Silver Tailings: The Duke of Nevada


In 1927, there arrived on the scene in north Lake Tahoe a young man by the name of Norman Biltz. He was born in Connecticut in 1902, of wealthy parents.

He left the east coast for California in about 1920, where in his first few years of residence he held a wide variety of jobs, mostly menial. In 1927 he became associated with Robert Sherman, a wealthy San Francisco real estate promoter.

As Sherman’s partner in his Brockway-Tahoe Vista Corporation, Biltz embarked on selling land in north Lake Tahoe to San Franciscans, and acted as contractor for the original Cal-Neva Lodge in Crystal Bay. Sherman built the Cal-Neva as a guest house for prospective buyers of his Lake Tahoe real estate.

But Biltz partnership with Sherman ended in 1928 when Sherman went bankrupt. Sherman gave Biltz the Cal-Neva in lieu of money Sherman owed him.

Biltz borrowed $50,000, incorporated the Crystal Bay Corporation, bought thousands of acres at north Lake Tahoe from the Blisses, and struck out on his own promotional odyssey. Understanding that the new tax laws in California and other states would tax the wealthy unduly, he saw the advantages to them in Nevada’s far more lenient laws.

He studied 200 multi-millionaires with an eye to selling them land in Nevada so they could escape the taxes in their home states. He got the support of then-governor Fred Balzar, who gave him a letter that essentially said that “he was sure [Biltz and his associates] would state the advantageous tax laws of Nevada honestly, but if [they] made a mistake, he would attempt to make [the state’s tax laws] fit [their] mistake.”

They produced and sent to each prospect a special magazine called Nevada: The Last Frontier, which they bound in leather and embossed with the prospect’s name. Biltz learned the likes and dislikes of every one of the prospective buyers and after making the sale, worked to keep them happy so they would stay in Nevada.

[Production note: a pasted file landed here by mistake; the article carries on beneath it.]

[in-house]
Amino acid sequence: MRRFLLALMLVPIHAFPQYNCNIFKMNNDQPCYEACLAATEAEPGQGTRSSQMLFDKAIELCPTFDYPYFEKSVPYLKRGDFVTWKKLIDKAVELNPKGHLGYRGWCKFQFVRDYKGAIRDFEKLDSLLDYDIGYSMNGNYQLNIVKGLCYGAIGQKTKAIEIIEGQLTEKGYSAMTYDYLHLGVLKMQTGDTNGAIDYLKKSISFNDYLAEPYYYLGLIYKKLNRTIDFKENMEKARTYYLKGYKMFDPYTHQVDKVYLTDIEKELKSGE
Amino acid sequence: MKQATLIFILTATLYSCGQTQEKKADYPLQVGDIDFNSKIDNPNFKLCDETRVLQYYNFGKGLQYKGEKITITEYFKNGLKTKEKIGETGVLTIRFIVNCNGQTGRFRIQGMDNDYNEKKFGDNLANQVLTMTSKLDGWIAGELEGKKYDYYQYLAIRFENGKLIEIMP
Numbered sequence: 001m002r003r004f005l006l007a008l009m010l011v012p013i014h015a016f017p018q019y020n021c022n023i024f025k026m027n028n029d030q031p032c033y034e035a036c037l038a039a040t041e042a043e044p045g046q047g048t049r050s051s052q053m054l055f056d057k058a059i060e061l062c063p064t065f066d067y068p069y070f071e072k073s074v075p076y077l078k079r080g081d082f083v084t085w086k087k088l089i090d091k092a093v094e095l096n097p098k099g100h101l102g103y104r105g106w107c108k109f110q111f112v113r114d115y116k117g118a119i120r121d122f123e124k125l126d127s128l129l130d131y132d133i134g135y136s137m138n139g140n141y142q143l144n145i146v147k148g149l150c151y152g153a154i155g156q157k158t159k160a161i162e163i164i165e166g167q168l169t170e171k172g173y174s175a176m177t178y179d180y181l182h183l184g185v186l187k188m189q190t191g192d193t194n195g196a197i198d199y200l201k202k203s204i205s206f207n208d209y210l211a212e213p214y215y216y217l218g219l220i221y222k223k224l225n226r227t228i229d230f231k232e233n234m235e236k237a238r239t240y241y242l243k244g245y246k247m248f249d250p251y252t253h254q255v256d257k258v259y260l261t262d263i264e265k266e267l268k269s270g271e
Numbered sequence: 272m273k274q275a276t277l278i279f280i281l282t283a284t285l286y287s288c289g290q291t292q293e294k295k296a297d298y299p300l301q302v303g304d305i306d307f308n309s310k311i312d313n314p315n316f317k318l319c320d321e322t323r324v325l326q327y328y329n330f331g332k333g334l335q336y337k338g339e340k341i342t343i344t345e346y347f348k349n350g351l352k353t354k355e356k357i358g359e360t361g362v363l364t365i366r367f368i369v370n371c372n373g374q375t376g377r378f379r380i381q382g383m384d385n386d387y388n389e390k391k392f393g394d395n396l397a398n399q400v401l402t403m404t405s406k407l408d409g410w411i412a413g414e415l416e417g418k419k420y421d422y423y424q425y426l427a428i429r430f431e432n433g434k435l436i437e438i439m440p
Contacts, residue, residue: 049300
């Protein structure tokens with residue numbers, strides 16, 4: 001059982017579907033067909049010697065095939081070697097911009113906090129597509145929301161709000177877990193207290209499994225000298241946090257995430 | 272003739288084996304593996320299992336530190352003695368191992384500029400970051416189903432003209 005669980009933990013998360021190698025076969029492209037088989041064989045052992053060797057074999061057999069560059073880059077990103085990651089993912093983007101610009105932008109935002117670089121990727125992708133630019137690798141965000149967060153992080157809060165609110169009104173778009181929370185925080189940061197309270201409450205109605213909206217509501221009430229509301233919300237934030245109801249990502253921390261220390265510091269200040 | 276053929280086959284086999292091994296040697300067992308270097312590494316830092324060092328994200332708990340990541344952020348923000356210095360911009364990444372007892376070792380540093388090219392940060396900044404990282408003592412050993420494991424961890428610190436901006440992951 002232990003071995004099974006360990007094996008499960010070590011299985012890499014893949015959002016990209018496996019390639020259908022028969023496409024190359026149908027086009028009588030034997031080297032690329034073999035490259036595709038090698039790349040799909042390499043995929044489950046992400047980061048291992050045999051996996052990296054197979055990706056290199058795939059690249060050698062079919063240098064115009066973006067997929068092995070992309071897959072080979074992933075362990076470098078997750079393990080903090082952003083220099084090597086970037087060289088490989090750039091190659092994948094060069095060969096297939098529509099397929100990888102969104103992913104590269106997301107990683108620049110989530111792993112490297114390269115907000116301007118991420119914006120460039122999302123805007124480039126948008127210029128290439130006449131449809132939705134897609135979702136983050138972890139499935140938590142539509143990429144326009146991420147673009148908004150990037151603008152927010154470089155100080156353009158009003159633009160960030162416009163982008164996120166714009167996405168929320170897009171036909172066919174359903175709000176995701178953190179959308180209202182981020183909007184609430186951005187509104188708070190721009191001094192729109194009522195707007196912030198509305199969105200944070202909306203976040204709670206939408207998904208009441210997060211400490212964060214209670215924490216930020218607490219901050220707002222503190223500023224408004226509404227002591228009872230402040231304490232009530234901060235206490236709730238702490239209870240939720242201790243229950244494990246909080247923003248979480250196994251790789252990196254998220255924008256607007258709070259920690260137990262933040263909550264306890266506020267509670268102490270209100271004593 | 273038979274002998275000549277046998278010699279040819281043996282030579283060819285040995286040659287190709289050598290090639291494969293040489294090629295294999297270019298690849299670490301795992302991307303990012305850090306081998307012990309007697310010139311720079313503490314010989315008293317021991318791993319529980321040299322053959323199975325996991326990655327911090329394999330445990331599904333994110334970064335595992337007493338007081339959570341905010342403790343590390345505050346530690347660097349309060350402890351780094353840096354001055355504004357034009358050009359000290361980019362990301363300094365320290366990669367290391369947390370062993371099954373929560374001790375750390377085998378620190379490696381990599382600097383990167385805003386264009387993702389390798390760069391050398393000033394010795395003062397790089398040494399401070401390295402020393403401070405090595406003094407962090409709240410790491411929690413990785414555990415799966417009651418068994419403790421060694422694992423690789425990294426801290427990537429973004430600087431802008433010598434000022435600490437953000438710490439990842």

The first millionaire he brought to Lake Tahoe was Jim Stack, who had made his fortune in stock holdings of Quaker Oats. To get Stack to stay, Biltz lived with him for six months.

This was typical of the lengths he went to convince his buyers of the advantage of living in Nevada. He took the buyers hunting, fishing, golfing.

He spent day, weeks, even months keeping the buyers happy. He started a construction company and built their houses for them, even found them servants. The theory was that once sold on Nevada, the buyers would go back to their home states and become salesmen for the state themselves.

Among the millionaires Biltz sold Tahoe property to were Max Fleischmann, of Fleischmann’s yeast, E.L. Cord, creator of the Cord automobile, the family of E.W. Scripps, the newspaper publisher, Cornelius Vanderbilt , Rex Bell and several other Hollywood stars. All in all he sold Lake Tahoe property to approximately 75 millionaires.

In about 1930 Biltz married Esther Auchincloss, aunt to Jacqueline Kennedy. Over the years he became very influential in Nevada politics and very wealthy, with interests in numerous areas ranging from developing, to ranching, to mining and oil leasing.

When ranchers in Nevada lost their land during the depression, Biltz sold the ranches to wealthy men from out of state (including Bing Crosby), putting the land back in service and money back into Nevada’s economy.

He helped prepare and distribute the “One Sound State” program booklet, promoting Nevada nationwide, and produced a full color magazine-type publication, entitled “Nevada, The Last Frontier,” to lure the nation’s wealthy to the state.

He was close friends with many of the state’s movers and shakers, as well as with influential men at the national level. When Fortune magazine wrote a story about him, they dubbed him the “Duke of Nevada.”

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